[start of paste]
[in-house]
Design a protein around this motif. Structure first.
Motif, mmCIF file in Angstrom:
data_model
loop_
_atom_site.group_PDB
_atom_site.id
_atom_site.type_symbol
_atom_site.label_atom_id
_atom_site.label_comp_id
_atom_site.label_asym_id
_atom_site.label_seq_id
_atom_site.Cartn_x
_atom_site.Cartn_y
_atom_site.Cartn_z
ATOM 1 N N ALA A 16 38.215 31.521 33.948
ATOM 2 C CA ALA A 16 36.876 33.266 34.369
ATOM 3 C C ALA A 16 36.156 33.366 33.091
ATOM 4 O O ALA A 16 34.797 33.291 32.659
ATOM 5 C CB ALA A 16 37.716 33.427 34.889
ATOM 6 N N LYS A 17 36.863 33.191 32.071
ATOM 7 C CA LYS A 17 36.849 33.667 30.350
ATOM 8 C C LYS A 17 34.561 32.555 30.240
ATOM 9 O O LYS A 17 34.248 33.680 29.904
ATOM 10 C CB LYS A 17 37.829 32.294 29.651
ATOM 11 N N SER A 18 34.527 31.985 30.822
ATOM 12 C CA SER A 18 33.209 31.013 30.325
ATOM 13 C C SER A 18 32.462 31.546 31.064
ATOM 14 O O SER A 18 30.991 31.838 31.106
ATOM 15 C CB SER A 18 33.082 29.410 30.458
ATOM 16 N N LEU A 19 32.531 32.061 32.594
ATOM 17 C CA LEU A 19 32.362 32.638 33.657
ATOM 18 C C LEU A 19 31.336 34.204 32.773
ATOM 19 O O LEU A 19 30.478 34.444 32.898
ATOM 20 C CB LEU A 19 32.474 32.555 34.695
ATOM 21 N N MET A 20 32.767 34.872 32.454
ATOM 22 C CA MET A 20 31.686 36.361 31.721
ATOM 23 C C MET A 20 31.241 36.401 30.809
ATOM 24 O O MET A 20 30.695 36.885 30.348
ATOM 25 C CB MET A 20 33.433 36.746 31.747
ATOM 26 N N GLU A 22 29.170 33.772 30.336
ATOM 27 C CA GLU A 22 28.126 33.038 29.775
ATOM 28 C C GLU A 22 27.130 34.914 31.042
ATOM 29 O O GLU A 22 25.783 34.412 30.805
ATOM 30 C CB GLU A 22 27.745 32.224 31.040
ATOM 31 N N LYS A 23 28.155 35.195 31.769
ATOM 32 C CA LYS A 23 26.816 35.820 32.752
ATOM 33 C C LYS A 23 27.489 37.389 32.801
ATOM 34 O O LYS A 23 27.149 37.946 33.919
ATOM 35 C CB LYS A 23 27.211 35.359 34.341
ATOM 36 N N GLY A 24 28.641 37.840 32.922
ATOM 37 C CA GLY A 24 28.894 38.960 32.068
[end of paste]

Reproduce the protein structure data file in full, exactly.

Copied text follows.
[in-house]
Design a protein around this motif. Structure first.
Motif, mmCIF file in Angstrom:
data_model
loop_
_atom_site.group_PDB
_atom_site.id
_atom_site.type_symbol
_atom_site.label_atom_id
_atom_site.label_comp_id
_atom_site.label_asym_id
_atom_site.label_seq_id
_atom_site.Cartn_x
_atom_site.Cartn_y
_atom_site.Cartn_z
ATOM 1 N N ALA A 16 38.215 31.521 33.948
ATOM 2 C CA ALA A 16 36.876 33.266 34.369
ATOM 3 C C ALA A 16 36.156 33.366 33.091
ATOM 4 O O ALA A 16 34.797 33.291 32.659
ATOM 5 C CB ALA A 16 37.716 33.427 34.889
ATOM 6 N N LYS A 17 36.863 33.191 32.071
ATOM 7 C CA LYS A 17 36.849 33.667 30.350
ATOM 8 C C LYS A 17 34.561 32.555 30.240
ATOM 9 O O LYS A 17 34.248 33.680 29.904
ATOM 10 C CB LYS A 17 37.829 32.294 29.651
ATOM 11 N N SER A 18 34.527 31.985 30.822
ATOM 12 C CA SER A 18 33.209 31.013 30.325
ATOM 13 C C SER A 18 32.462 31.546 31.064
ATOM 14 O O SER A 18 30.991 31.838 31.106
ATOM 15 C CB SER A 18 33.082 29.410 30.458
ATOM 16 N N LEU A 19 32.531 32.061 32.594
ATOM 17 C CA LEU A 19 32.362 32.638 33.657
ATOM 18 C C LEU A 19 31.336 34.204 32.773
ATOM 19 O O LEU A 19 30.478 34.444 32.898
ATOM 20 C CB LEU A 19 32.474 32.555 34.695
ATOM 21 N N MET A 20 32.767 34.872 32.454
ATOM 22 C CA MET A 20 31.686 36.361 31.721
ATOM 23 C C MET A 20 31.241 36.401 30.809
ATOM 24 O O MET A 20 30.695 36.885 30.348
ATOM 25 C CB MET A 20 33.433 36.746 31.747
ATOM 26 N N GLU A 22 29.170 33.772 30.336
ATOM 27 C CA GLU A 22 28.126 33.038 29.775
ATOM 28 C C GLU A 22 27.130 34.914 31.042
ATOM 29 O O GLU A 22 25.783 34.412 30.805
ATOM 30 C CB GLU A 22 27.745 32.224 31.040
ATOM 31 N N LYS A 23 28.155 35.195 31.769
ATOM 32 C CA LYS A 23 26.816 35.820 32.752
ATOM 33 C C LYS A 23 27.489 37.389 32.801
ATOM 34 O O LYS A 23 27.149 37.946 33.919
ATOM 35 C CB LYS A 23 27.211 35.359 34.341
ATOM 36 N N GLY A 24 28.641 37.840 32.922
ATOM 37 C CA GLY A 24 28.894 38.960 32.068